No, this two-part series (Read Part 1
) isn’t about that Bachmann story
. It’s not about being the submissive wife
of a gay husband, but about how gay husbands undermine submissive wifeliness.
You’ve probably saw this coming already, if the title of this post is what drew you in to begin with. Part of the threat of same-sex marriage is that it both calls biblical gender roles into question, and undermines complimentarity.
But the article reminded me of something else. One of the reasons for the opposition to same-sex marriage is the potential of marriage equality to call gender roles more into question.
The threat of legal same-sex marriage, then, is actually doubled. It carries one step further the progress that's lead to women no longer having to "submit to their husbands"; they might volunteer, a'la the "surrendered wife" model, but not many women have to marry and thus "submit to their husbands" as a necessity for survival. Social progress changed the status of women, and the same people who oppose same-sex marriage would like to undo that progress to whatever degree they can. Legal same-sex marriage further cements those social changes, and makes it even harder to turn back the clock.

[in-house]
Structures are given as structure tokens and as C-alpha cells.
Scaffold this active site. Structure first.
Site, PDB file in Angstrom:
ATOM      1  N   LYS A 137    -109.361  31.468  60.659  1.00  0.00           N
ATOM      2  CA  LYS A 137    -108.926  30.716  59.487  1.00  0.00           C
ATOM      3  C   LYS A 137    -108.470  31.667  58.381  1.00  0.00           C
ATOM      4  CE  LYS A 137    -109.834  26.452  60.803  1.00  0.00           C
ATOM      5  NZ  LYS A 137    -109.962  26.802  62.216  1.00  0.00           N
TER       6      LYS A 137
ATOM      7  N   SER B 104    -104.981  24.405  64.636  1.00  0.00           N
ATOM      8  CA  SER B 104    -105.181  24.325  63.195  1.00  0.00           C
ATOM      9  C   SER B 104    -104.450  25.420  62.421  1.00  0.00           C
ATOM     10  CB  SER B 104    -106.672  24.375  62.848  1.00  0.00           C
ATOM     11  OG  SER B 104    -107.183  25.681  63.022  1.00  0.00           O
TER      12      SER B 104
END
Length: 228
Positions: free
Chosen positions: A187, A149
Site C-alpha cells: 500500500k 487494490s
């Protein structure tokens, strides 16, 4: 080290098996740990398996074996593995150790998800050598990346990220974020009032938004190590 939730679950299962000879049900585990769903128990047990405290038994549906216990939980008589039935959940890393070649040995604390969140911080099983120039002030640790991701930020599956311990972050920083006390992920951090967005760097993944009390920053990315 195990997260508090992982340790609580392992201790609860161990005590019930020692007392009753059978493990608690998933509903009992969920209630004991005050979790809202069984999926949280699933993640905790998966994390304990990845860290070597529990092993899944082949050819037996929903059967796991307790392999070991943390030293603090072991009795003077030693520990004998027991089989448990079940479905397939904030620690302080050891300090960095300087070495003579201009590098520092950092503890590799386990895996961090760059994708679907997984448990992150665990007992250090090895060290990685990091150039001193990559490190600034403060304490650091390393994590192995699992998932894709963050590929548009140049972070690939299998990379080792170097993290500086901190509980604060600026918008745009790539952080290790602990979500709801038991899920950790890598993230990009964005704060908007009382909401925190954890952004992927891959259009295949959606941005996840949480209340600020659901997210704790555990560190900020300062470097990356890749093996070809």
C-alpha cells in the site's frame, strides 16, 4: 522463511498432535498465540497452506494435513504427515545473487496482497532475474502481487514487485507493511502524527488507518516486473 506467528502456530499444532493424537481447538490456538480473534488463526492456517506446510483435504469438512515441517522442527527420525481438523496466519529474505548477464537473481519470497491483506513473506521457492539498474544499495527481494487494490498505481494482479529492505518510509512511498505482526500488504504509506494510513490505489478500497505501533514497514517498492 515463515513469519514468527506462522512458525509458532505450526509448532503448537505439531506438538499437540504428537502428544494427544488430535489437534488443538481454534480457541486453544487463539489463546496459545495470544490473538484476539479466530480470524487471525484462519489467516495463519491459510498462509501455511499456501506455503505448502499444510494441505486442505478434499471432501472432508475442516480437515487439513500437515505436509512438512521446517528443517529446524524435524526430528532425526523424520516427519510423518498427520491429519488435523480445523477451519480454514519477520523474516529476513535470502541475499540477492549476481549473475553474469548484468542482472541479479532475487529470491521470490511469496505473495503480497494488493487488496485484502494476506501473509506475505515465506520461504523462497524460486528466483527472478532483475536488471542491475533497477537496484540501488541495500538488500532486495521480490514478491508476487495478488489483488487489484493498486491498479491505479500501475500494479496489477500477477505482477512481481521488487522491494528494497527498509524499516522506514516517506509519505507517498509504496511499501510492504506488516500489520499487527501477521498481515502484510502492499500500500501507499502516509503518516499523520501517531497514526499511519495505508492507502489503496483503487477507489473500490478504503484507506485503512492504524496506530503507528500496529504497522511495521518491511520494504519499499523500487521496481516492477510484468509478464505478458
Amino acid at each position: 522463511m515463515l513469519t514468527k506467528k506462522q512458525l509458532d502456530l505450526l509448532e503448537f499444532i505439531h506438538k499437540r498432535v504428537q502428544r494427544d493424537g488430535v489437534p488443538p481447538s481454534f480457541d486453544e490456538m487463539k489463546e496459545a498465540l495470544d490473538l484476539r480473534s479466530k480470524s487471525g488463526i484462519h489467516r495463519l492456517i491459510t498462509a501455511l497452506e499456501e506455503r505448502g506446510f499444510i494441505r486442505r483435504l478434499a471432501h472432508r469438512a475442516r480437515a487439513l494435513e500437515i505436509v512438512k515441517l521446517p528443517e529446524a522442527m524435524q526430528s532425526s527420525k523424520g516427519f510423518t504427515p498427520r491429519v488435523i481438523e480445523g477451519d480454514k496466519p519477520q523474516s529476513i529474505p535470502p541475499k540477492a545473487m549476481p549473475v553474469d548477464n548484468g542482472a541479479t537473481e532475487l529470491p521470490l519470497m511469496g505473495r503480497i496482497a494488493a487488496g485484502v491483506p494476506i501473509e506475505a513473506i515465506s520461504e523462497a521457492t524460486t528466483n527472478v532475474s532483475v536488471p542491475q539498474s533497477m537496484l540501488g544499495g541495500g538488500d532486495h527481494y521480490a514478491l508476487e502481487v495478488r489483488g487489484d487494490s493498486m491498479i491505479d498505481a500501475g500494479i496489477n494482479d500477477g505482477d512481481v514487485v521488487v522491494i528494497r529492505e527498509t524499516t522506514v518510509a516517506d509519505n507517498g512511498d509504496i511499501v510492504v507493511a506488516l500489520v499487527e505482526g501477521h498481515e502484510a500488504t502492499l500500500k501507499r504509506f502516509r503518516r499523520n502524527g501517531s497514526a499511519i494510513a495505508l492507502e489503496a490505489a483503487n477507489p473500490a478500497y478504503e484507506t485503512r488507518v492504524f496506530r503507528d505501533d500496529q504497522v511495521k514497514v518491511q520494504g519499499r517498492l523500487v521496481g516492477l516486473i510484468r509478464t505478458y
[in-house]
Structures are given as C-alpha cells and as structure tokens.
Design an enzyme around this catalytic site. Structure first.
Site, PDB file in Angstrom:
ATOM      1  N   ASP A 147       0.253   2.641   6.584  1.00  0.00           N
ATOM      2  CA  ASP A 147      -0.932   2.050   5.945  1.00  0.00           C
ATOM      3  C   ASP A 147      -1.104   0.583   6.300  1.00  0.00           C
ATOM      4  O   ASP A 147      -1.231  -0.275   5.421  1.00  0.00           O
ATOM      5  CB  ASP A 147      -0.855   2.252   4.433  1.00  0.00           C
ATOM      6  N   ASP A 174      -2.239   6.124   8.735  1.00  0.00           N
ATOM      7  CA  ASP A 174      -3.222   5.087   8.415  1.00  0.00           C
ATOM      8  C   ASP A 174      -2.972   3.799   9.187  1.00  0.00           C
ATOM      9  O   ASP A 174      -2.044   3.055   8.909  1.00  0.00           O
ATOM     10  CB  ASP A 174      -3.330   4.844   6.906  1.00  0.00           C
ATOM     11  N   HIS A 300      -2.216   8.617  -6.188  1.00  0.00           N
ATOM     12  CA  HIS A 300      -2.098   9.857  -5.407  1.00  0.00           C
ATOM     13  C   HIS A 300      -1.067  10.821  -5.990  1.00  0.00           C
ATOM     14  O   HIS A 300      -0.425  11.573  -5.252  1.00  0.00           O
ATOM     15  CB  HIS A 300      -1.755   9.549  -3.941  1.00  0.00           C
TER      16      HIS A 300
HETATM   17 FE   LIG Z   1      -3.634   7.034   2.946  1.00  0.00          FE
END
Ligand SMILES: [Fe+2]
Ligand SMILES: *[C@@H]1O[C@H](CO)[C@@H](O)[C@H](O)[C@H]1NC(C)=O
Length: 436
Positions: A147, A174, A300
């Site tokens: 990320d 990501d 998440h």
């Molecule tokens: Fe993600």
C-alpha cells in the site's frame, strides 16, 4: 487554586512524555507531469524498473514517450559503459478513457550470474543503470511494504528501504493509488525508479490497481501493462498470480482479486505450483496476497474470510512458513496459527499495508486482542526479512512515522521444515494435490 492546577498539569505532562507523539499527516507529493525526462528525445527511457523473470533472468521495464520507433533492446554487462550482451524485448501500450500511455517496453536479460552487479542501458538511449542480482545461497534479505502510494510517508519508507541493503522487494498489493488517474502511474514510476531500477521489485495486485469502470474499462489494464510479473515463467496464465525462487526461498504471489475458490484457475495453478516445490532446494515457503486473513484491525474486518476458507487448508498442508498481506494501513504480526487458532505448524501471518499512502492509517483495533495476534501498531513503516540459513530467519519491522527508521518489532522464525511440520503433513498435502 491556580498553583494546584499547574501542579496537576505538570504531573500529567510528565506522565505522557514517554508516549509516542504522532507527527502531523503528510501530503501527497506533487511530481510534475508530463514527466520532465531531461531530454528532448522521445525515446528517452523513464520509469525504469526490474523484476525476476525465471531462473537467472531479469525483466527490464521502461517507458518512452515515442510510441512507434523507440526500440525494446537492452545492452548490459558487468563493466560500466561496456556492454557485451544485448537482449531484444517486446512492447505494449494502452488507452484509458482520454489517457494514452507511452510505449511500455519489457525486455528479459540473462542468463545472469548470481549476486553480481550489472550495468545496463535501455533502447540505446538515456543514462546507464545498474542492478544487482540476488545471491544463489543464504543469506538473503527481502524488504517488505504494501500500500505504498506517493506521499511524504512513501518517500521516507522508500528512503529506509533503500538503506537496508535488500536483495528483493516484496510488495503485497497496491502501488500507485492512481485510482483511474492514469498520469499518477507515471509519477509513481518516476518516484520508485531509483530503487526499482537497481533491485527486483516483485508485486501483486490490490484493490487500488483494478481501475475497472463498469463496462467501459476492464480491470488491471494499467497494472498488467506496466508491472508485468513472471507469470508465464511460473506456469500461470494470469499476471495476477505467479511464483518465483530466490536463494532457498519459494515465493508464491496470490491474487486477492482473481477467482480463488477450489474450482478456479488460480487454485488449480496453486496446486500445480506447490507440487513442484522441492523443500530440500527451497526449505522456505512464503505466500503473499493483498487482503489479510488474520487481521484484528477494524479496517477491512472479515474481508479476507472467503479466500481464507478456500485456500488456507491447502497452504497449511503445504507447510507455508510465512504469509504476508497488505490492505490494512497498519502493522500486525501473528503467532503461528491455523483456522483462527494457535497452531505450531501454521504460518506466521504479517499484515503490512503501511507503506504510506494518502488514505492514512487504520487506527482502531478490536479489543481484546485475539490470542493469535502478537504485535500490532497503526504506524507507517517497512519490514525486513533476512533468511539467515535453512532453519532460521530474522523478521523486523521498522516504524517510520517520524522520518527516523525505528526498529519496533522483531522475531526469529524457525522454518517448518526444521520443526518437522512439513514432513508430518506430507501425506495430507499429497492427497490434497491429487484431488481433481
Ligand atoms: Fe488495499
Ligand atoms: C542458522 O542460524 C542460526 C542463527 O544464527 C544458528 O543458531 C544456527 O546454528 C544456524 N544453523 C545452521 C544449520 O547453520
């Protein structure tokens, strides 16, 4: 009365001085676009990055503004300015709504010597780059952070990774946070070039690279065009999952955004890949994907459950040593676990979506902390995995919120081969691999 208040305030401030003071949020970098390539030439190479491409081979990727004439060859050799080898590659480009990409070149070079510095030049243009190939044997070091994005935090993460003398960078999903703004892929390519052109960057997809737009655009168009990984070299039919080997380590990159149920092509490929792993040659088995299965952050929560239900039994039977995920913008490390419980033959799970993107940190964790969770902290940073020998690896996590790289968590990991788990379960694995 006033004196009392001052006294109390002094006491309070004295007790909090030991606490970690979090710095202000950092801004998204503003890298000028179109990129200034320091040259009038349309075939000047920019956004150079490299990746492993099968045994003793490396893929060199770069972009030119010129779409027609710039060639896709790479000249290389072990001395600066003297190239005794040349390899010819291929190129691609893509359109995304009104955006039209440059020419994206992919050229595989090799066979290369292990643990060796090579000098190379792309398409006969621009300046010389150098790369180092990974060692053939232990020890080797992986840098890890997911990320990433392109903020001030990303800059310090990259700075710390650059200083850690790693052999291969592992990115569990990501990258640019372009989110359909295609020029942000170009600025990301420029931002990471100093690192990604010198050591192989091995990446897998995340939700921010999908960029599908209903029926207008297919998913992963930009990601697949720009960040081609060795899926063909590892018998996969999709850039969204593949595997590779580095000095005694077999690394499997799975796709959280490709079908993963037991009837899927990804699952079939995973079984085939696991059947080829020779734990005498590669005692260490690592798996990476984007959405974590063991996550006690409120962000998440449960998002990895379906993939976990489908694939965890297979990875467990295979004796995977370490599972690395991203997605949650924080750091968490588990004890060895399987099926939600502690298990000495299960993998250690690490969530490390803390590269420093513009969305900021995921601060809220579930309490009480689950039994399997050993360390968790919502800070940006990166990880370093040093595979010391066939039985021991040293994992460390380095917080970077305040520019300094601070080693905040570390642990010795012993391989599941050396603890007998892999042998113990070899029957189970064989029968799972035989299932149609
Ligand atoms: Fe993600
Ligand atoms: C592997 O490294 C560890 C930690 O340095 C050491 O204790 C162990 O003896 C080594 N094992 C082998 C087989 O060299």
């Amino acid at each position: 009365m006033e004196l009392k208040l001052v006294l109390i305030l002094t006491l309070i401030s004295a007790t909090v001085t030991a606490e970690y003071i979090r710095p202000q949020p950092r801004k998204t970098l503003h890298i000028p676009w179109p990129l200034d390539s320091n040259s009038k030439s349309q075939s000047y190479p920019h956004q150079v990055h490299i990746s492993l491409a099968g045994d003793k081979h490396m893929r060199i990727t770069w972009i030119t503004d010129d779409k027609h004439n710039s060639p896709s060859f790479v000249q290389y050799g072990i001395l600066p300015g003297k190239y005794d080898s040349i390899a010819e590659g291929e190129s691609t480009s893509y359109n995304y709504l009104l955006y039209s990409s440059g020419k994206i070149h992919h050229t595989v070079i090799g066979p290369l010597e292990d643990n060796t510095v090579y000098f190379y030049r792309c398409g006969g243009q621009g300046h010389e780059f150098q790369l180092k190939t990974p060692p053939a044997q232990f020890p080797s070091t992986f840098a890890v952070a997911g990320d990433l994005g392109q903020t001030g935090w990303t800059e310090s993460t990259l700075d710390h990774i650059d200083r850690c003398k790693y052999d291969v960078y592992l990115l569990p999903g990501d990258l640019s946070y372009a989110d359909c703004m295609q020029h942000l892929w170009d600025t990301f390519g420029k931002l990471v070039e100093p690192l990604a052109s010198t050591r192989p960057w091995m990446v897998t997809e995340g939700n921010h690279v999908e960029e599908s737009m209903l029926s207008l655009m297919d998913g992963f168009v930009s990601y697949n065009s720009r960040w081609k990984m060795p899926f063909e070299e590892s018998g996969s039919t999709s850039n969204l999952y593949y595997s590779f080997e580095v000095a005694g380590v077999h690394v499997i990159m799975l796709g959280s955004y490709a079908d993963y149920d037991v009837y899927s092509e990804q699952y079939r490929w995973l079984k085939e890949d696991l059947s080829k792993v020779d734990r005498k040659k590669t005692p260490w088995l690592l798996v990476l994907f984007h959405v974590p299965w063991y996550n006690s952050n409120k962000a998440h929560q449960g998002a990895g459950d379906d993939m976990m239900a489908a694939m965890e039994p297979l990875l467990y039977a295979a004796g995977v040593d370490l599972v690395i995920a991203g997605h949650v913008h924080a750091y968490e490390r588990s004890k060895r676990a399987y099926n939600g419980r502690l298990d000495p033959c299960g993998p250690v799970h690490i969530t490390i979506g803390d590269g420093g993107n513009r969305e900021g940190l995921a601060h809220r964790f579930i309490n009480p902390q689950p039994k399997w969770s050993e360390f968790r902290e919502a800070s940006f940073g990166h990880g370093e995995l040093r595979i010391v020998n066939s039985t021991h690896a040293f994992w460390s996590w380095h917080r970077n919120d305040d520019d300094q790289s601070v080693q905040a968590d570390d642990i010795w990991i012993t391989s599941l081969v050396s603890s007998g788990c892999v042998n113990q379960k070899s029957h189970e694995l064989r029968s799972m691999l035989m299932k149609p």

The threat of legal same-sex marriage, then, is actually doubled. It carries one step further the progress that’s lead to women no longer having to “submit to their husbands”; they might volunteer, a’la the “surrendered wife” model, but not many women have to marry and thus “submit to their husbands” as a necessity for survival. Social progress changed the status of women, and the same people who oppose same-sex marriage would like to undo that progress to whatever degree they can. Legal same-sex marriage further cements those social changes, and makes it even harder to turn back the clock.
It's no coincidence that the political forces opposed to same-sex marriage or marriage equality also oppose gender equality and advocate returning to more strictly enforced gender roles. The Institute for Progressive Christianity recently published a paper titled "The KIngdom of God and the Witness of Gay Marriage," which includes among it's premises:
1. Gay marriages demonstrate the possibility and desirability of gender equality in any marriage by modeling a relationship where the parties to the marriage do not distribute roles and responsibilities based on gender. This modeling supports the positive transformation of the curse of gender conflict, and subsequent patriarchal domination pronounced at the Fall from Paradise into gender egalitarianism .
2. Gay marriage's ascendancy and resilience in society participates in a fundamental shift of the culture's understanding of marriage. That is, marriage is being transformed from a utilitarian arraignment grounded in the idea that women are sexual property to an egalitarian life journey with a partner who one chooses to develop and share mutual love, affection, respect, and support.